20 Unique Spirits For Your Game
This week on the Campaign Trail, we have a guest post from Jesse Cohoon looking at spirits from around the world for your game. Just roll a d20 to see what you get.
Ghosts, demons, oni, natural and elemental forces, and the like are common foes in RPG games. Unfortunately, some of the more unique, interesting, and unusual tend to get overlooked in the process. The following list is a collection of such monsters from around the world to use in your games. The purpose of this list is not to provide stats and abilities, as it’s meant to be system neutral. Enjoy!
- Skudakumooch is a Ghost-Witch is a myth in Passamaquoddy and Micmac culture, said to be born from the dead body of a shaman who practiced black magic; emerging nightly to murder. They are vulnerable to fire, but beware if approaching one: simply making eye contact or hearing its can bring a diabolical curse down on the unwary.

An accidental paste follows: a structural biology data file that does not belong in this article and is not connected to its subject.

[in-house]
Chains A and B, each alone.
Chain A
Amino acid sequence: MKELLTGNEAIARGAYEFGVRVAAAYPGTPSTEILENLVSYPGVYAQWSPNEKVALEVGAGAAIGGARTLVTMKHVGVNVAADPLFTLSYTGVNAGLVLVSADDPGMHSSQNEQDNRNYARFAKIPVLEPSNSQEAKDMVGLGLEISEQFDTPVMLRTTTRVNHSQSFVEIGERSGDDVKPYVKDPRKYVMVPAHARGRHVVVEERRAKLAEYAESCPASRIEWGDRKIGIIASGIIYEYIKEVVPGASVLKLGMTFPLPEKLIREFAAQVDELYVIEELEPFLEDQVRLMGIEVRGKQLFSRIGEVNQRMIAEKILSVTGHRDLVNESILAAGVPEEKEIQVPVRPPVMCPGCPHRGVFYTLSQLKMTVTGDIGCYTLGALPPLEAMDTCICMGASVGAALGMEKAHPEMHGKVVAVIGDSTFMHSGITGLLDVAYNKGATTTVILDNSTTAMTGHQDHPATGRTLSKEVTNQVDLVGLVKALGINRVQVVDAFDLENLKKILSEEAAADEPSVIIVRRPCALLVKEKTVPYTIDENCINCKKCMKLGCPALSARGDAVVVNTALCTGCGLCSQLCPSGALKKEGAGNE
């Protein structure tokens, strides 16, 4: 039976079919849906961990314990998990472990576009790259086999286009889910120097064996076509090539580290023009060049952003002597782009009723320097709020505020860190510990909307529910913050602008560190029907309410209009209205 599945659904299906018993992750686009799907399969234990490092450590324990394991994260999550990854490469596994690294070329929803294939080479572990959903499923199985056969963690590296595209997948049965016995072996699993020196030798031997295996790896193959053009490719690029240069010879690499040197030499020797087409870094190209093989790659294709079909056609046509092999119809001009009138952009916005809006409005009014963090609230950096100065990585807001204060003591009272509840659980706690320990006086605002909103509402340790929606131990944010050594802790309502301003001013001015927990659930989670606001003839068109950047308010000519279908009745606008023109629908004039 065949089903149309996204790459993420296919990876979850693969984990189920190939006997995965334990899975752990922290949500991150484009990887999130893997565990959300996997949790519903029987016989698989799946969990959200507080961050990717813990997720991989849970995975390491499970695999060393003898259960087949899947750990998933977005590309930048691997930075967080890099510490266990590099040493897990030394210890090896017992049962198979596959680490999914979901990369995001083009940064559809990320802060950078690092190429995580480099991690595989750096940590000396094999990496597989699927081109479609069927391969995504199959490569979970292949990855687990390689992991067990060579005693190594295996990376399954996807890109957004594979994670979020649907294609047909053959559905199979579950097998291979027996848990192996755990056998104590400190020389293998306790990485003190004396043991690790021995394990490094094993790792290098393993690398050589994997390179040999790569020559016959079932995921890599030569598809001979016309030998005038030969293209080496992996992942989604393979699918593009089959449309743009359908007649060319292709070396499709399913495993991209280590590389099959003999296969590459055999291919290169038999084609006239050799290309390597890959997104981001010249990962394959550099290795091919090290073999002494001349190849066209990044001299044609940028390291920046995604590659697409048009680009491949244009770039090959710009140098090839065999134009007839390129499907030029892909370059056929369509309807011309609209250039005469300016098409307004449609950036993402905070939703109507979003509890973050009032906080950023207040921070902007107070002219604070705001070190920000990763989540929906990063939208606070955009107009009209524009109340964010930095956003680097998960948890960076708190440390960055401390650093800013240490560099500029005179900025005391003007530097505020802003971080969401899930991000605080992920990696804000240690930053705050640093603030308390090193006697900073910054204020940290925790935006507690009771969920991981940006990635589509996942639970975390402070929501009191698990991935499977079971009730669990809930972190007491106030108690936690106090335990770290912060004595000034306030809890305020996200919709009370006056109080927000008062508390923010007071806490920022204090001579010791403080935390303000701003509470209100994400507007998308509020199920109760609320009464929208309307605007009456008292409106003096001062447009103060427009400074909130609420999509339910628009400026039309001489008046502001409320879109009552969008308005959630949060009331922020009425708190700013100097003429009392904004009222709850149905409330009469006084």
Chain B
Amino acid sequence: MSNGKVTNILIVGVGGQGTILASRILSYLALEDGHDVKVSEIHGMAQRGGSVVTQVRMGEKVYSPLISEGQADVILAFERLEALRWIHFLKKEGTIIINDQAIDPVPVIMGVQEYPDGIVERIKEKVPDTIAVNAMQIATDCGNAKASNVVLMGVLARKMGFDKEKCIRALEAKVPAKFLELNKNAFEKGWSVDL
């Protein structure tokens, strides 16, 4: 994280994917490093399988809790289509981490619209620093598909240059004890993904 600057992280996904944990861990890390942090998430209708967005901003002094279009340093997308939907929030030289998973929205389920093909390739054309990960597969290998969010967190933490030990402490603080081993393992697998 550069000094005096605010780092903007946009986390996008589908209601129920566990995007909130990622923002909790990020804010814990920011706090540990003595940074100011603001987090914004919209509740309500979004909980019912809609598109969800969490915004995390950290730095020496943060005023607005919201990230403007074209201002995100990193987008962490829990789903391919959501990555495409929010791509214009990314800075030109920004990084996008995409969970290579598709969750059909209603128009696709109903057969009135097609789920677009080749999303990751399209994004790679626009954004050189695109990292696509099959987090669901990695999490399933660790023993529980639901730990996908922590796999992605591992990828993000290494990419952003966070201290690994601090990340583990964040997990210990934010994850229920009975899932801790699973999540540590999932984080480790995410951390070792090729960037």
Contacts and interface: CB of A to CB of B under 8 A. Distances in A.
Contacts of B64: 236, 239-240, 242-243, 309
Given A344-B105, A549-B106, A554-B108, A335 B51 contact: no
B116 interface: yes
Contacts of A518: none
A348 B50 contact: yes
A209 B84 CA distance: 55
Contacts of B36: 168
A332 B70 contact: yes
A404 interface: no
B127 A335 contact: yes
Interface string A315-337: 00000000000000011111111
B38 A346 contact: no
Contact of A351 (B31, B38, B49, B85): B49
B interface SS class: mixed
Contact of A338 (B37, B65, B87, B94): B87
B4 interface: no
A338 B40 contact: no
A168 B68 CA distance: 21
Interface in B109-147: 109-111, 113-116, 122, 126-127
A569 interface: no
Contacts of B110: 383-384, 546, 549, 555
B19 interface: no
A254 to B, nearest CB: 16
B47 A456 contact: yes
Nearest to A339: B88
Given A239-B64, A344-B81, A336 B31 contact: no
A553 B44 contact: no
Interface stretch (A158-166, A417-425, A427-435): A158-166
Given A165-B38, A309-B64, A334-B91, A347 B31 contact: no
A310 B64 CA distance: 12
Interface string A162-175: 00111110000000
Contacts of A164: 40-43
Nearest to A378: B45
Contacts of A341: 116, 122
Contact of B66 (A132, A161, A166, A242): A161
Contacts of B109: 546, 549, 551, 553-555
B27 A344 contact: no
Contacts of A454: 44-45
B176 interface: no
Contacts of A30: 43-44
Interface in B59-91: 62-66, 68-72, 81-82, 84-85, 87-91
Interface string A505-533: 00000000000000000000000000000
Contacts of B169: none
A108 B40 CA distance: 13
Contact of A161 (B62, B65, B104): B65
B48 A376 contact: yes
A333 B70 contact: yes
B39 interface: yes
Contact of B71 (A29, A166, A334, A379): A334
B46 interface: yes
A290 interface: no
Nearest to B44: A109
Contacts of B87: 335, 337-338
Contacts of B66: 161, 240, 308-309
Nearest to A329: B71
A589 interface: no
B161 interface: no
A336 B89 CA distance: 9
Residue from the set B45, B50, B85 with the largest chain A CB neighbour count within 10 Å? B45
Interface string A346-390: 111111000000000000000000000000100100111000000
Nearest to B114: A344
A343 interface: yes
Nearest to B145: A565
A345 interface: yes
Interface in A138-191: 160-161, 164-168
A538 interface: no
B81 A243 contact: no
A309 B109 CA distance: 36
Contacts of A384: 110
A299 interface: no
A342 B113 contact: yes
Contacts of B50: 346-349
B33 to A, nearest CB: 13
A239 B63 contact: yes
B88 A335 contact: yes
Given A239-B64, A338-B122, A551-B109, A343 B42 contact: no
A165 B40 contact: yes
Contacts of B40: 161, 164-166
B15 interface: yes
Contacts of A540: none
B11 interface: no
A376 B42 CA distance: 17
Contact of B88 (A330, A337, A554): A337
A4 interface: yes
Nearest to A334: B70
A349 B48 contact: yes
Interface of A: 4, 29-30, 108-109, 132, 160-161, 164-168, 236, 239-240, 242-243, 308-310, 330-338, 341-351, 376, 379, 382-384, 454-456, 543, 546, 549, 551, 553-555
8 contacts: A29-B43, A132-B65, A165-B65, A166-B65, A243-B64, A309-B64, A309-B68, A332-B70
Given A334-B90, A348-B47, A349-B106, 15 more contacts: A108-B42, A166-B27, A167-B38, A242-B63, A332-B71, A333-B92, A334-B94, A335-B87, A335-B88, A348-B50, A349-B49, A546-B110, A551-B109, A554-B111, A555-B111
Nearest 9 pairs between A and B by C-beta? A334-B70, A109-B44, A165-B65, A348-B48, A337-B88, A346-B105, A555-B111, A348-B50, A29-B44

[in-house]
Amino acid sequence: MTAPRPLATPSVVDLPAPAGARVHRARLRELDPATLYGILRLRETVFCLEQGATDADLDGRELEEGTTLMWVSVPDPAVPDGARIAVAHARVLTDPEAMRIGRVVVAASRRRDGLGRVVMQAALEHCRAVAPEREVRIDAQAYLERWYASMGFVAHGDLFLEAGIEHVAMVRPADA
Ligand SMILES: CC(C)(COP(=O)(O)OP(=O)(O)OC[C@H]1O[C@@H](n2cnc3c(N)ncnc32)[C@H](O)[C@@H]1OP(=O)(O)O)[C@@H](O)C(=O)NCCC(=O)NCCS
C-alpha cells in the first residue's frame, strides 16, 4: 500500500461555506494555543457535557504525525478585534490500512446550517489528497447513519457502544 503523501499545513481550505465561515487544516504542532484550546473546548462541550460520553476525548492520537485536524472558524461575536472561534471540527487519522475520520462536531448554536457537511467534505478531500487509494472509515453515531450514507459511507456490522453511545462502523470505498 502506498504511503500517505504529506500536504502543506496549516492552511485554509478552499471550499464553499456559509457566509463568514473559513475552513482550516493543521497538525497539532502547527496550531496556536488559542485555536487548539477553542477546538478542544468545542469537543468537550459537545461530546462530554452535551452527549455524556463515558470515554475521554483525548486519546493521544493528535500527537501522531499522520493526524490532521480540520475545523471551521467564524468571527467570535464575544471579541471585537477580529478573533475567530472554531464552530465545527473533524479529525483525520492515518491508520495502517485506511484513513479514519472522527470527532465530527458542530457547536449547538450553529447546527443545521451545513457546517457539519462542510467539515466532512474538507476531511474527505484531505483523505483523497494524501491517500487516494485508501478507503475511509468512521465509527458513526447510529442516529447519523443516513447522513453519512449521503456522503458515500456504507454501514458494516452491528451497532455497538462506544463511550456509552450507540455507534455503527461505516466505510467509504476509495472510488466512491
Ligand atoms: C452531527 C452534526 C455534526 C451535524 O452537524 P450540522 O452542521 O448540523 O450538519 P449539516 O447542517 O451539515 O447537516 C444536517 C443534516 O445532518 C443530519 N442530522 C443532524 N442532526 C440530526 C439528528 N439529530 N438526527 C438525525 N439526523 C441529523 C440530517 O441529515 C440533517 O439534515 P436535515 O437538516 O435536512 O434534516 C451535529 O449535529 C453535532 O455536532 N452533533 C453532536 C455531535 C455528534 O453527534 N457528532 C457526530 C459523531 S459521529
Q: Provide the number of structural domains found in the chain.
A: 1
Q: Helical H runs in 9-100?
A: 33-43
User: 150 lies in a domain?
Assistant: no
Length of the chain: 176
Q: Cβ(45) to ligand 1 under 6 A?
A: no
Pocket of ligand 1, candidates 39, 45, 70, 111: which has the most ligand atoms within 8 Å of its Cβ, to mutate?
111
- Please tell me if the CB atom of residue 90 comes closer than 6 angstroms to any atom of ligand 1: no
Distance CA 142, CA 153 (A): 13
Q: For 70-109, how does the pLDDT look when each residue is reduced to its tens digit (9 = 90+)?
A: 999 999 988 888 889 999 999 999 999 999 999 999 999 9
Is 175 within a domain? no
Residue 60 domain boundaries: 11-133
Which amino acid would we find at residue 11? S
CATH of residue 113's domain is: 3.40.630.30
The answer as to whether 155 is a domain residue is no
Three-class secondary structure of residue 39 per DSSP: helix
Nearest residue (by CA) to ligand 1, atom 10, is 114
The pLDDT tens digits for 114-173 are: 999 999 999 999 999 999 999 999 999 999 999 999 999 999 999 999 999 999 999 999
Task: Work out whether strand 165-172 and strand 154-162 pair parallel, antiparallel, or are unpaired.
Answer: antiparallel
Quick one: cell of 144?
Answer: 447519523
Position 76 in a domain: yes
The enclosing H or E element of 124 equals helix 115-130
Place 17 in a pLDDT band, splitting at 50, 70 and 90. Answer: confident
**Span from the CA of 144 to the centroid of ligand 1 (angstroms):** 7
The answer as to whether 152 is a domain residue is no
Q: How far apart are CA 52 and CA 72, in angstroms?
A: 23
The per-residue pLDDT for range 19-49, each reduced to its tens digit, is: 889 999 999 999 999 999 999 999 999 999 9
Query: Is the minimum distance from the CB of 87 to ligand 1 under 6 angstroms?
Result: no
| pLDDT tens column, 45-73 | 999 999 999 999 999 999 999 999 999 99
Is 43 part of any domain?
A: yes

- The Banshee is a female spirit whose wail, if heard outside of a house, foretells the death of one of its inhabitants. Sone versions say she rides alongside the Dullahan (headless horseman) in a black cart drawn by six black horses, which are whipped with a human spinal cord.
- Sluagh are the flying malicious spirits of dead sinners that flock together coming from the west, trying to enter houses where someone is dying to take away that person’s soul.
- Matagots or Mandagots are familiar spirits who can appear as black cats, dogs, cows, foxes, or rats. Some accounts consider them to be evil, while others say that can be actually helpful and could even bring wealth to a home if it is well-fed.
- The Cheval Mallet (Mallet Horse) is a magnificently bridled “evil horse,” whose modus operandi is to appear in the middle of the night and hang out in roads to lure weary travelers. When the victims ride it, they are most likely never to be seen again
- Zashiki Warashi are house spirits, fond of mischief, loved by all, and believed to bring great fortune and riches to those whose houses it haunts. They appear as ghost-like five or six year old children with blushing red faces. They can be boys or girls, and usually wear tradition clothes; child-sized warrior costumes for boys, patterned kimonos, with short, bobbed, or long, tied back hair for girls. Rarely, they appear as wild, hairy brutish figures.
- Ask-wee-da-eed is an Algonquin Abenaki mythological figure which is the embodiment of fire associated with comets and meteors. brings bad luck and misfortune.